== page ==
In an attempt to curtail climate change, New York City is hurting its most vulnerable citizens — the poor, homeless and the hungry.

Amanda Radke

May 3, 2019

4 Min Read
Beef Checkoff
Beef Checkoff

The Big Apple is making headlines with recent moves to curb climate change. New York City recently unveiled its OneNYC 2050 plan, which aims to reduce emissions by 30% and address issues of economic inequalities and health.

The plan aims to reduce emissions by 30% by 2030. The proposal includes a mandate that large buildings cut emissions or face penalties with a goal of converting government operations to 100% clean electricity.

Additionally, New York City Mayor Bill De Blasio has announced new policies that would limit the city’s purchases of hot dogs.

“The plan is to phase out completely purchases of processed meats by agencies and reduce how much agencies spend on beef by 50%,” a city spokesman, Phil Ortiz, told in an email. “This would affect, for example, hamburgers in NYC public school lunches. It would not impact hot dogs at baseball games, street vendors, restaurants, etc.”

According to a story published on, “The plan will cut purchases of red meat by 50% in its city-controlled facilities such as hospitals, schools, and correctional facilities.”

What’s more, De Blasio announced that Meatless Mondays will be initiated in all public schools in the district.

As I type this, I’m at my family’s cattle ranch in the quiet South Dakota countryside. The skies are clear. There are pastures as far as the eye can see. And there’s nary a smog cloud looming above.

Related:Green New Deal proposes eliminating “farting cows”

So I’m scratching my head as I contemplate why politicians in New York City, a place that is literally polluted with smog from urbanization, are blaming climate change on cattle? Is it easier to pass the buck off on animal agriculture verses looking squarely at truly the largest contributors of greenhouse gas emissions — transportation and electricity?

While the BEEF team has repeatedly addressed the erroneous claims that beef production is a major contributor to climate change, let’s look at this issue from another angle.

De Blasio and New York City officials may be earnestly trying to address emissions; however, they’re going about it the wrong way, and consequently are hurting the very people they represent. Their approach is elitist, ignorant and totally ignores the true poverty issues facing so many in the Big Apple.

Diane Sullivan, an anti-poverty and affordable food advocate, recently addressed how the Meatless Monday initiatives are causing dire consequences for the city’s most vulnerable.

In a blog post for Animal Alliance, Sullivan writes, “As a mother whose children have experienced hunger, I am concerned about the consequences this policy will have on the city’s most vulnerable students.

Related:Research confirms: Beef production is not a major contributor to climate change

“In a city where 1.2 million residents face hunger every year and 339,000 of its students rely upon soup kitchens and food pantries that struggle to keep up with rising demand, this is a recipe for disaster for students from low income households.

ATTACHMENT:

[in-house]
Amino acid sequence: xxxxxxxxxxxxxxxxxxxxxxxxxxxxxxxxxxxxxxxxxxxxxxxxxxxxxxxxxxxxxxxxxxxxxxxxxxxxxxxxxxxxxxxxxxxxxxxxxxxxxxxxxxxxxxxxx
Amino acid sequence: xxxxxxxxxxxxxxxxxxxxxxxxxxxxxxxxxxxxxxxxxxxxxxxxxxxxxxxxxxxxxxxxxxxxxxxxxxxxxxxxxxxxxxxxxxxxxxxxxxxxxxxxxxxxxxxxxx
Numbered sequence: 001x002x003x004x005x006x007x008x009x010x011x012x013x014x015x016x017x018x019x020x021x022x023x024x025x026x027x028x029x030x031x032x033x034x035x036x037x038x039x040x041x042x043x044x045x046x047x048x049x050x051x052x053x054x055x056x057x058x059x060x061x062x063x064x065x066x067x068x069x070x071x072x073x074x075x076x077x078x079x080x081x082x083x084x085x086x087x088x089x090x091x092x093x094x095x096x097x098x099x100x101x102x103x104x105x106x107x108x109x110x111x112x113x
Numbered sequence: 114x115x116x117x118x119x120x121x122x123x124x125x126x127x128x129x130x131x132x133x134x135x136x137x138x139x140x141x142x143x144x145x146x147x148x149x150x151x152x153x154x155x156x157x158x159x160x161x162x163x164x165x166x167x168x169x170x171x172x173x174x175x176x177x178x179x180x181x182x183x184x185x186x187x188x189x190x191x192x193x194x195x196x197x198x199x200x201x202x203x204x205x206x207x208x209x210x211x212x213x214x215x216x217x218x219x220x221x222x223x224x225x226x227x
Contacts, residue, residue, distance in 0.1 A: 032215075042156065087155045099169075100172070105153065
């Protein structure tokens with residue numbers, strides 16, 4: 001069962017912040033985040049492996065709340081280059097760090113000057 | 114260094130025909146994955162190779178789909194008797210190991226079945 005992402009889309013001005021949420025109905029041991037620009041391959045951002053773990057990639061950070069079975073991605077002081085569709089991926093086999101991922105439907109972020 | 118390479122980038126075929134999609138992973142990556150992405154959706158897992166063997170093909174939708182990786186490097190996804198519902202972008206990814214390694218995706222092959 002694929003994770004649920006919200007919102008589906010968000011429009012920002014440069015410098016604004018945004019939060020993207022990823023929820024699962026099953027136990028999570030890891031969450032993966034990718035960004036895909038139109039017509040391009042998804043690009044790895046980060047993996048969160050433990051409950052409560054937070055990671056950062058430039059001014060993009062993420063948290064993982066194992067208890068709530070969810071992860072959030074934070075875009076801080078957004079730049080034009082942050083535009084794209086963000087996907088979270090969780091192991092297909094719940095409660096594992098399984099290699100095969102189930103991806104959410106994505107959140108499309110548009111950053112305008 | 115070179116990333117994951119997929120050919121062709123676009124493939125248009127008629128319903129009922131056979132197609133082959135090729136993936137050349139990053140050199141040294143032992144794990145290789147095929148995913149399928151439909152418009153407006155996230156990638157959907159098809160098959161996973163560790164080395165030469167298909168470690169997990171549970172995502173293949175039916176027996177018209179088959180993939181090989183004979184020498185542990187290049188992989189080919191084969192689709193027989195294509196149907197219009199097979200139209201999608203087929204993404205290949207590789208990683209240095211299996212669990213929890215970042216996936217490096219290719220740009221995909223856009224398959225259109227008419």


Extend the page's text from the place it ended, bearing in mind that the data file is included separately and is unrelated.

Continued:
“During these times and beyond, school meals have provided necessary nutrition to my children when my poverty wages could not. I have been a SNAP recipient and have checked my dignity at the door of food pantries, so that I could feed my children. I’ve then gone with a pocket full of change to purchase the animal protein the food pantry was unable to provide” Sullivan said.

“I am not objecting to vegetarian options for students who, or whose parents, prefer them. I am opposed to removing such a rich source of protein from the diets of children who are not regularly otherwise receiving those critical nutrients and would prefer them.

“Mitchell Katz, MD, CEO of NYC Health and Hospitals, lauds the move as creating ‘an option of a healthier meal choice.’ The irony is that this Meatless Mondays policy is indeed removing healthy meal choices from school cafeterias where vegetarian options often always exist.

“This is part of what I call food gentrification, where those with money and satisfied choices are dictating options for those with neither. Those most impacted by those decisions made by those in power are not often fully informed, invited to the table or even considered in these discussions.

“Perhaps if Mayor de Blasio is so inclined to use his platform to address climate change, he’ll lessen the number of trips on airplanes which he and his wife take. Perhaps next time, they’ll reconsider the environmental impact of bringing along the photographer.”

Read the entire blog post by clicking here.

If I’ve said it once, I’ll say it 1,000 times — consumer choice is great. If you want to pay a premium for grass-fed, all-natural, GMO-free, organic, locally-raised, etc., please do so!

However, when you dictate specific ideologies and premium-based products on the everyday American whose primary goals are to buy safe, nourishing groceries at affordable prices, your privilege and elitism are hurting other people.

It’s time to bring commonsense to the discussions on sustainability, emissions, climate change and environmental impacts. The root cause is being ignored in favor of blaming the cows.

Frankly, it’s getting a bit ridiculous, and it’s time for the nation’s elite to stop imposing their ivory tower beliefs on the rest of the nation. America needs a wakeup call before we continue to hurt the most vulnerable and impoverished people in our communities.

The opinions of Amanda Radke are not necessarily those of or Farm Progress.

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